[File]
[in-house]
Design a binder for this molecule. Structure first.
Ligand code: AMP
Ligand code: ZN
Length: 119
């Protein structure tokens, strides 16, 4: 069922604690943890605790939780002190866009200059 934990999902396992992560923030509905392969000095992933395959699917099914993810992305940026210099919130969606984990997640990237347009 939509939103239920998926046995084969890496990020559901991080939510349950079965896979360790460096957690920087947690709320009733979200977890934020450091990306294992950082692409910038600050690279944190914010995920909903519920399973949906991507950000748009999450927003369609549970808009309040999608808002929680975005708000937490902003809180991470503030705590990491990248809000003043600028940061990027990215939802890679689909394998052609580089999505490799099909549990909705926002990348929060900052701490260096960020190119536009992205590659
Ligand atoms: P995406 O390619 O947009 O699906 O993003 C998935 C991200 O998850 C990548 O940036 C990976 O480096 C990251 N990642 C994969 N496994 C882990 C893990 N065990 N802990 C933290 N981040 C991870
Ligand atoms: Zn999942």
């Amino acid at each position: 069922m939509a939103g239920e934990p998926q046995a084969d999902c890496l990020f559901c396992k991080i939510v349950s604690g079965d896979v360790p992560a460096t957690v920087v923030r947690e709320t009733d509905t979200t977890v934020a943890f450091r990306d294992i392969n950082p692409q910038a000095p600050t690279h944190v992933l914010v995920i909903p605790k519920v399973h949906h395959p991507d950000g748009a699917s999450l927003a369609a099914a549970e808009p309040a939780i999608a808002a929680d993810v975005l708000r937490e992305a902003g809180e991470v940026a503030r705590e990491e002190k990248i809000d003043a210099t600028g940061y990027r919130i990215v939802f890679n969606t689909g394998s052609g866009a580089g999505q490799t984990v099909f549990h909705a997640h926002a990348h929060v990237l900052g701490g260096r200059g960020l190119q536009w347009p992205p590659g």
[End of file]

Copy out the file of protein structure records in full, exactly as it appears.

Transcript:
[in-house]
Design a binder for this molecule. Structure first.
Ligand code: AMP
Ligand code: ZN
Length: 119
């Protein structure tokens, strides 16, 4: 069922604690943890605790939780002190866009200059 934990999902396992992560923030509905392969000095992933395959699917099914993810992305940026210099919130969606984990997640990237347009 939509939103239920998926046995084969890496990020559901991080939510349950079965896979360790460096957690920087947690709320009733979200977890934020450091990306294992950082692409910038600050690279944190914010995920909903519920399973949906991507950000748009999450927003369609549970808009309040999608808002929680975005708000937490902003809180991470503030705590990491990248809000003043600028940061990027990215939802890679689909394998052609580089999505490799099909549990909705926002990348929060900052701490260096960020190119536009992205590659
Ligand atoms: P995406 O390619 O947009 O699906 O993003 C998935 C991200 O998850 C990548 O940036 C990976 O480096 C990251 N990642 C994969 N496994 C882990 C893990 N065990 N802990 C933290 N981040 C991870
Ligand atoms: Zn999942």
């Amino acid at each position: 069922m939509a939103g239920e934990p998926q046995a084969d999902c890496l990020f559901c396992k991080i939510v349950s604690g079965d896979v360790p992560a460096t957690v920087v923030r947690e709320t009733d509905t979200t977890v934020a943890f450091r990306d294992i392969n950082p692409q910038a000095p600050t690279h944190v992933l914010v995920i909903p605790k519920v399973h949906h395959p991507d950000g748009a699917s999450l927003a369609a099914a549970e808009p309040a939780i999608a808002a929680d993810v975005l708000r937490e992305a902003g809180e991470v940026a503030r705590e990491e002190k990248i809000d003043a210099t600028g940061y990027r919130i990215v939802f890679n969606t689909g394998s052609g866009a580089g999505q490799t984990v099909f549990h909705a997640h926002a990348h929060v990237l900052g701490g260096r200059g960020l190119q536009w347009p992205p590659g």